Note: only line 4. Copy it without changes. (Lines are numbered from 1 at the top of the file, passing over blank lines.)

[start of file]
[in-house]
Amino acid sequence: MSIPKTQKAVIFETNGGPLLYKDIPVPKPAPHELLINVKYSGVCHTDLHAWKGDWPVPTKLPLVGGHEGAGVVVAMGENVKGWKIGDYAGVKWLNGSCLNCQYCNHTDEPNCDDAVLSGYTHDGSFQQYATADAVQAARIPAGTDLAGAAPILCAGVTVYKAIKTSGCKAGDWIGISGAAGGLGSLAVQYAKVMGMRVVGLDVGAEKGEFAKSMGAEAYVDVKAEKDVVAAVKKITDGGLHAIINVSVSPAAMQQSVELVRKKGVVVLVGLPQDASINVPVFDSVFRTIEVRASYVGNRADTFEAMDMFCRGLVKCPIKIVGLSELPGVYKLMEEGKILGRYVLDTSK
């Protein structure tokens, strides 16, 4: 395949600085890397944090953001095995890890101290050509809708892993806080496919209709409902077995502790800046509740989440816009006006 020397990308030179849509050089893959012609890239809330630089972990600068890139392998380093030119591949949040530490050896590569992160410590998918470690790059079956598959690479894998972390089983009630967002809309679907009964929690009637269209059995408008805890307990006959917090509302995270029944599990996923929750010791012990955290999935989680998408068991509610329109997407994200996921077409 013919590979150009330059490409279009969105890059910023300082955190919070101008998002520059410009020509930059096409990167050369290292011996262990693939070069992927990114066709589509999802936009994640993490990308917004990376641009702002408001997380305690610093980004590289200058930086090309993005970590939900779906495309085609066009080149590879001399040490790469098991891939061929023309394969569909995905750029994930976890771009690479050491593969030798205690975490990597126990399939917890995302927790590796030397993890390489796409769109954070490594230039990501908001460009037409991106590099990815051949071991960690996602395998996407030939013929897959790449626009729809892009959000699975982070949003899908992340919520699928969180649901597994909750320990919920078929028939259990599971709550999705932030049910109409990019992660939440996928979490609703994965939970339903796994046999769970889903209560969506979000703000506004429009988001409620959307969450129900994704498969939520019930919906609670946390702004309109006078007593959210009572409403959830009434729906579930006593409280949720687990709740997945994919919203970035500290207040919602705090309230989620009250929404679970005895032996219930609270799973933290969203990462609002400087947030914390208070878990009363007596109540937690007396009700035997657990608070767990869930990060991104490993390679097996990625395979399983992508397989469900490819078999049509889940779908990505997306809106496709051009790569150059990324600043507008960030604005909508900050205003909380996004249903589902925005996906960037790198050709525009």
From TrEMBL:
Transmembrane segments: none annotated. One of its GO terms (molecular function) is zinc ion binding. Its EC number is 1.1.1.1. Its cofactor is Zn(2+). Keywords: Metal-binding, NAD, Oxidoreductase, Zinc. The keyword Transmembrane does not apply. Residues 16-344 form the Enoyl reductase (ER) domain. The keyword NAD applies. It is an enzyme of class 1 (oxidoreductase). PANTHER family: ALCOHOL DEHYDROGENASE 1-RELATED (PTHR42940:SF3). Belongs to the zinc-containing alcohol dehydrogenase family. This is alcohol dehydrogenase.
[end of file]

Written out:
From TrEMBL: